Funeral directors probably know better than anyone that as long as we live, we are certainly going to die. Yet, for some, death may come at too high a price. How do people reckon financially with the biological fact of their mortality?
‘Burial market’ in New Orleans
In the early stages of my year-long fieldwork project, filmmaker Brechtje Boeke and I made a short documentary on what is known as the ‘burial market’ of the life insurance industry in New Orleans. Life insurance promises to pay out a death benefit to your beneficiaries after you die. Poor and working-class African Americans often take out small policies of up to about 50,000 dollars with the main purpose of covering final expenses.
While this might sound like a straightforward financial arrangement, its everyday manifestation is fascinating and complex. The documentary gives insight into some of its dynamics.
Paying for a good death
The film shows, for instance, that life insurance is tied up with cultural notions of dying well: a good death requires preparation. Historically, both families and communities made careful arrangements for the end of life, making sure there was enough money to pay for a proper burial and home-going celebration when their members died.
These responsibilities, however, are often difficult to keep up today. Violent crime, structural racism, and high mortality tear apart the social fabric of poor and Black communities. The city of New Orleans has some of the highest murder and poverty rates of the United States, and this affects the ways in which some insurance companies service their clients.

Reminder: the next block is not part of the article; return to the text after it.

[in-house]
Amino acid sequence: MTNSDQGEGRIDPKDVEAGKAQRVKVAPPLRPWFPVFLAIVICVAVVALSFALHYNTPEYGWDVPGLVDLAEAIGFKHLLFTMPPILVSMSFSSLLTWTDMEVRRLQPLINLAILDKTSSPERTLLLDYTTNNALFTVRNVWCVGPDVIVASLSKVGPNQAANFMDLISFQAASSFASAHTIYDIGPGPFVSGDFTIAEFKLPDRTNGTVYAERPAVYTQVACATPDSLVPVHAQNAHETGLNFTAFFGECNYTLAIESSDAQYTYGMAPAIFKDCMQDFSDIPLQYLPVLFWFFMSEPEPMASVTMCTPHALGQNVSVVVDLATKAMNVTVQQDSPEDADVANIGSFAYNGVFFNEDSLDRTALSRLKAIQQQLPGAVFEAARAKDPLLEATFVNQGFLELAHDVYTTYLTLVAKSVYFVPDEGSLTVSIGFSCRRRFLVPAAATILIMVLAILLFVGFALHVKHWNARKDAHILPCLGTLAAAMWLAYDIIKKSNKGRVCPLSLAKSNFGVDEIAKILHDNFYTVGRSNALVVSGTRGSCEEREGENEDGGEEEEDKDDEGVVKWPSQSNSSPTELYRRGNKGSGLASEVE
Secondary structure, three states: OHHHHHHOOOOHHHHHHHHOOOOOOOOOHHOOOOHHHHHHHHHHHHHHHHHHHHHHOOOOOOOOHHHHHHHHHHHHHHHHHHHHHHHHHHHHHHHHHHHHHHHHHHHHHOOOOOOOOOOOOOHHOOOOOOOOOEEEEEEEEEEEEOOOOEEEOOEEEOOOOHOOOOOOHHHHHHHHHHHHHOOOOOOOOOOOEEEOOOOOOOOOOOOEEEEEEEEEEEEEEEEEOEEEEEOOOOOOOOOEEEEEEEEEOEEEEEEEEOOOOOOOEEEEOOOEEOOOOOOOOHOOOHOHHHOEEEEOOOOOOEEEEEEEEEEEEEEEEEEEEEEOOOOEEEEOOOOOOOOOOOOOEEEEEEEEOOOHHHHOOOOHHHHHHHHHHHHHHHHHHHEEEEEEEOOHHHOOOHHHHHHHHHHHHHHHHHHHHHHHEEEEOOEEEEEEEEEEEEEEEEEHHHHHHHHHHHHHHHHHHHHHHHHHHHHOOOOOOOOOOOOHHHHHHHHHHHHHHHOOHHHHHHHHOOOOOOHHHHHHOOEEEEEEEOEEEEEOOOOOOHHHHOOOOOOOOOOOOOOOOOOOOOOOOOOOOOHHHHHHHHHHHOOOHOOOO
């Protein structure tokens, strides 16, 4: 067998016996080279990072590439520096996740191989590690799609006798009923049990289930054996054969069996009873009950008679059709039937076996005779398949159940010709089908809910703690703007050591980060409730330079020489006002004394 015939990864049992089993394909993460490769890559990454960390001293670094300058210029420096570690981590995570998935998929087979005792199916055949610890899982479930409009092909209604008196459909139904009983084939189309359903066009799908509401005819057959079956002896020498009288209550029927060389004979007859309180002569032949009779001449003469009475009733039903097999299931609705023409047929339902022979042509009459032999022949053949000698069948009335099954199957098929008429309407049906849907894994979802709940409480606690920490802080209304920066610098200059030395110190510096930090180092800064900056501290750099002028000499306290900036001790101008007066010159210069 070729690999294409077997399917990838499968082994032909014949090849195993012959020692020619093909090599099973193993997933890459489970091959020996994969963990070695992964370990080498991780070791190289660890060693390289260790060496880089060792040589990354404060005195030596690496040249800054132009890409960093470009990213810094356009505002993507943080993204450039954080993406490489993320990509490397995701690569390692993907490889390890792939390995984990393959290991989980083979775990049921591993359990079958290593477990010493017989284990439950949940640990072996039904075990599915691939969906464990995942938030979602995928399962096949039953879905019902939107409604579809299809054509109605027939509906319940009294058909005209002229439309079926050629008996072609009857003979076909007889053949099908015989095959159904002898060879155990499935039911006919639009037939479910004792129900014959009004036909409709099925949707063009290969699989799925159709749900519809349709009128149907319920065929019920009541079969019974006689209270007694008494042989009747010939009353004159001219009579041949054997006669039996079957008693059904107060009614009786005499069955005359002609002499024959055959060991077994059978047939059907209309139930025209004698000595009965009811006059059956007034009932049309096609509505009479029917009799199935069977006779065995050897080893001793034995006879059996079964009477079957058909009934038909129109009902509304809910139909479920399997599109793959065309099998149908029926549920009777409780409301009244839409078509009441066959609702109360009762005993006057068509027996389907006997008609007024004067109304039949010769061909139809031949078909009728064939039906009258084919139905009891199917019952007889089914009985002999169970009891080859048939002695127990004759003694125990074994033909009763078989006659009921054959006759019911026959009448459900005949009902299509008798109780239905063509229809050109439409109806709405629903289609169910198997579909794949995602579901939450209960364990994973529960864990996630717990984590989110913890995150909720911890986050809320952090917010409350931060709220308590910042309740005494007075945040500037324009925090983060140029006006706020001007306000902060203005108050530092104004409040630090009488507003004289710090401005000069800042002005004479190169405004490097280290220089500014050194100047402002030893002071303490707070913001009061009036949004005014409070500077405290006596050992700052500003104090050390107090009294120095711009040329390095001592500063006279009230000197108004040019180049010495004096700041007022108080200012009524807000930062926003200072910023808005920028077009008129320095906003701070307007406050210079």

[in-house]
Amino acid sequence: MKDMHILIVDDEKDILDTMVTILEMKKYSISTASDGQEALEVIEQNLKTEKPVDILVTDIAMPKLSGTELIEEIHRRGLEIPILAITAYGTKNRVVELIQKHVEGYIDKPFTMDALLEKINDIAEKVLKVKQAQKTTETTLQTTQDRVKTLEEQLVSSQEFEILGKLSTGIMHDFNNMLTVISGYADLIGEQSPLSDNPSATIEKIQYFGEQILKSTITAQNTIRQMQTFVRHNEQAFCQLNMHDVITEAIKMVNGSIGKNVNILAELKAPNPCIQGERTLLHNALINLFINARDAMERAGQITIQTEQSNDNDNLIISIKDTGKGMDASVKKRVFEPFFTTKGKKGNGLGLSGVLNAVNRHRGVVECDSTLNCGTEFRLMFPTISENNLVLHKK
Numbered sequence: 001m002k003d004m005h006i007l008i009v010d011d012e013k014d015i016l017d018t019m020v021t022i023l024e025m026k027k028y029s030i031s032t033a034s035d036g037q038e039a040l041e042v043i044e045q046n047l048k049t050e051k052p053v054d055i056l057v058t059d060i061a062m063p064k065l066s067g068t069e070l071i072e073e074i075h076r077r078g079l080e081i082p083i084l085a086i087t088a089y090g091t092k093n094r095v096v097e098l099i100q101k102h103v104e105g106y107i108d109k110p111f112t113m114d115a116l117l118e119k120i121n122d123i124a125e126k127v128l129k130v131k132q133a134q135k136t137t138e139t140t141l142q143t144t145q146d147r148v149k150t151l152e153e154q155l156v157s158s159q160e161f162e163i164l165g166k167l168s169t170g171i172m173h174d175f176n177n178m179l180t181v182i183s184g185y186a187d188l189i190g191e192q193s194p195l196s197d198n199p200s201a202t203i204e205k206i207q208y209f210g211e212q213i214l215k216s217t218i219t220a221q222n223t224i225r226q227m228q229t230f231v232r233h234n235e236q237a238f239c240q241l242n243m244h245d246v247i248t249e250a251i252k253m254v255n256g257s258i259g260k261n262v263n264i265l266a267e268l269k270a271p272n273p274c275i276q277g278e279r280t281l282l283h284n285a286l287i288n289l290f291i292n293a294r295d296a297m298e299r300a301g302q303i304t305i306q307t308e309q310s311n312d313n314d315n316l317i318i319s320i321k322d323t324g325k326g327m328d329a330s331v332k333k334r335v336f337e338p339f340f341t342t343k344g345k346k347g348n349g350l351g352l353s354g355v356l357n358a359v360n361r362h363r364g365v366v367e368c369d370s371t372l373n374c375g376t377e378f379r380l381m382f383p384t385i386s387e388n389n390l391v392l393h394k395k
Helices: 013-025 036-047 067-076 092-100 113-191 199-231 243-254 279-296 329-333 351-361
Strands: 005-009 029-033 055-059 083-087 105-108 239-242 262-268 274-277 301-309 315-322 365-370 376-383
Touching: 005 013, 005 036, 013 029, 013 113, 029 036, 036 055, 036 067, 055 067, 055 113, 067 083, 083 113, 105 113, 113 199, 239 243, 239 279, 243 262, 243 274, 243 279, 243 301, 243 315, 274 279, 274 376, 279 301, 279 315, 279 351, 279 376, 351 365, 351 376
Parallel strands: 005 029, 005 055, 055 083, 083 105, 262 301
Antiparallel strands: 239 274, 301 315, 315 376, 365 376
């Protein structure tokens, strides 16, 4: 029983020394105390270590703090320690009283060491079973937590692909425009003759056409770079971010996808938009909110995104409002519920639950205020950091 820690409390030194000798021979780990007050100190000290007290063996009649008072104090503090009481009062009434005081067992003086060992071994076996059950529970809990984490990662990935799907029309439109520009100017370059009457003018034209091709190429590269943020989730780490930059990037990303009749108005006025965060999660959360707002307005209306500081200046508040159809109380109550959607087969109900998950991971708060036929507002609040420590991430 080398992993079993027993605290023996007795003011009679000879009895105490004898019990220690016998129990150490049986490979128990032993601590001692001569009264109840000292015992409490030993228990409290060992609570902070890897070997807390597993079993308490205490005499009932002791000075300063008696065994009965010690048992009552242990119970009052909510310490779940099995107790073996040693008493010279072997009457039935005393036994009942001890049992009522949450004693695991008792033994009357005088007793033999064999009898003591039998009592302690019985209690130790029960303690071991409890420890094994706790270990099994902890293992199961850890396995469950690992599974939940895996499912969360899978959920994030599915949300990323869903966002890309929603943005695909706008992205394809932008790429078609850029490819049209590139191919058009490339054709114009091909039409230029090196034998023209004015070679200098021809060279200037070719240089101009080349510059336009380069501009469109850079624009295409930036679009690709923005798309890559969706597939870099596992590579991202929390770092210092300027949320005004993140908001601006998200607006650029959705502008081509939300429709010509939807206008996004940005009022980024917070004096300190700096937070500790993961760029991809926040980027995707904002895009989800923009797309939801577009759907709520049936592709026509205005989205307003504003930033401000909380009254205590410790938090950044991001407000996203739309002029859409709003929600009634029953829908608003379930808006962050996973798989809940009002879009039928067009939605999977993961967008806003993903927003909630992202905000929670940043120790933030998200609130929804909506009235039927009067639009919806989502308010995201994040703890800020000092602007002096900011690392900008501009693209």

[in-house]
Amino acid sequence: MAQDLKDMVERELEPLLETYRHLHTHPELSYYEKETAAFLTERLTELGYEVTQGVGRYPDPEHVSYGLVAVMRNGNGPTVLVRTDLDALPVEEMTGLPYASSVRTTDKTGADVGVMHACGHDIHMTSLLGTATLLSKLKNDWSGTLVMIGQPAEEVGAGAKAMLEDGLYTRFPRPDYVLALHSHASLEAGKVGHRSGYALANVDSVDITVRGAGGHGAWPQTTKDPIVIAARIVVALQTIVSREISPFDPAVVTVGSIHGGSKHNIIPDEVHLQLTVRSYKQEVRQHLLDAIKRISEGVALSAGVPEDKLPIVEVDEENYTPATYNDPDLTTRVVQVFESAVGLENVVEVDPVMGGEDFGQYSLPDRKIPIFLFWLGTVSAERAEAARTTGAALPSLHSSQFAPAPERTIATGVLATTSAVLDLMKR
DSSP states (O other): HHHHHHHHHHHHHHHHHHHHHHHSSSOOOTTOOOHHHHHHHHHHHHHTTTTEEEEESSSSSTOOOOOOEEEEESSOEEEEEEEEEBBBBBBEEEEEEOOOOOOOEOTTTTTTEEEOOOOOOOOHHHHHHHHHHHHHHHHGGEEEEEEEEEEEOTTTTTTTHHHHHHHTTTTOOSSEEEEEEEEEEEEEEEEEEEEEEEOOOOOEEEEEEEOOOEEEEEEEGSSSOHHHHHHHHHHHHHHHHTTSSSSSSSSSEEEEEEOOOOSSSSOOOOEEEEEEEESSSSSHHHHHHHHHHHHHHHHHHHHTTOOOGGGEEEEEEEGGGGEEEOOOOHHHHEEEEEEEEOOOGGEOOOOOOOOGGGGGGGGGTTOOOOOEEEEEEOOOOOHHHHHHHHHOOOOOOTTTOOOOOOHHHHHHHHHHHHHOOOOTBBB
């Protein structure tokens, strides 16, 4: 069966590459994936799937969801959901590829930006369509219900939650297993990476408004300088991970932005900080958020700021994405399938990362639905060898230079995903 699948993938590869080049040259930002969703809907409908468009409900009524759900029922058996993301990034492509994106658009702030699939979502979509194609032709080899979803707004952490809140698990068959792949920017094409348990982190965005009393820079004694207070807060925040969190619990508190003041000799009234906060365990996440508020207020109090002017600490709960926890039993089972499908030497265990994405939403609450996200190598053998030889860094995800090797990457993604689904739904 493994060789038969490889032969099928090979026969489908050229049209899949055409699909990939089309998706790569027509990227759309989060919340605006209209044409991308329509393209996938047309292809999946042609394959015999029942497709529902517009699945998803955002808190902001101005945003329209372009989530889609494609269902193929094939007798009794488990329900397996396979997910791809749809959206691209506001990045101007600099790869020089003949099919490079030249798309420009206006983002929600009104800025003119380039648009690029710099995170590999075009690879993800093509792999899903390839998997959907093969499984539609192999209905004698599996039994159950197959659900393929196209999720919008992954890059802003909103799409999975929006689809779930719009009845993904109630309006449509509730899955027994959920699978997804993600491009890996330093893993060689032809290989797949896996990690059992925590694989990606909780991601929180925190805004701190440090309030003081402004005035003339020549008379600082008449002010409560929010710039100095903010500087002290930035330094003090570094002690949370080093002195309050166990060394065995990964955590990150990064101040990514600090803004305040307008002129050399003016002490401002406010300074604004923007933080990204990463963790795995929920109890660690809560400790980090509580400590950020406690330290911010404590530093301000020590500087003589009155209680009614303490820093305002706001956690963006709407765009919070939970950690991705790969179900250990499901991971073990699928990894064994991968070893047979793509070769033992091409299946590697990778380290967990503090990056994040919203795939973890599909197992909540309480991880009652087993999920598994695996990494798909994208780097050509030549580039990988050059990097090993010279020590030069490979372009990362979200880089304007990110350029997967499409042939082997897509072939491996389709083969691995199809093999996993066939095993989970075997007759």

People thus often scramble for funds at a time of mourning, especially when money is running low and death comes unexpectedly or frequently.
The Price of Death: Life Insurance in Black New Orleans
Listen to funeral directors, policyholders, a historian and a community activist as they share their experiences and knowledge of the costs of death and ways to pay them.
This documentary is part of the ongoing ethnographic fieldwork by Nikki Mulder on death and life insurance among African Americans in New Orleans, USA. The research is part of the Moralising Misfortune project, principal investigator Erik Bähre, funded by the European Research Council (ERC) under the Horizon 2020 Research and Innovation Programme (Grant Agreement No. 682467).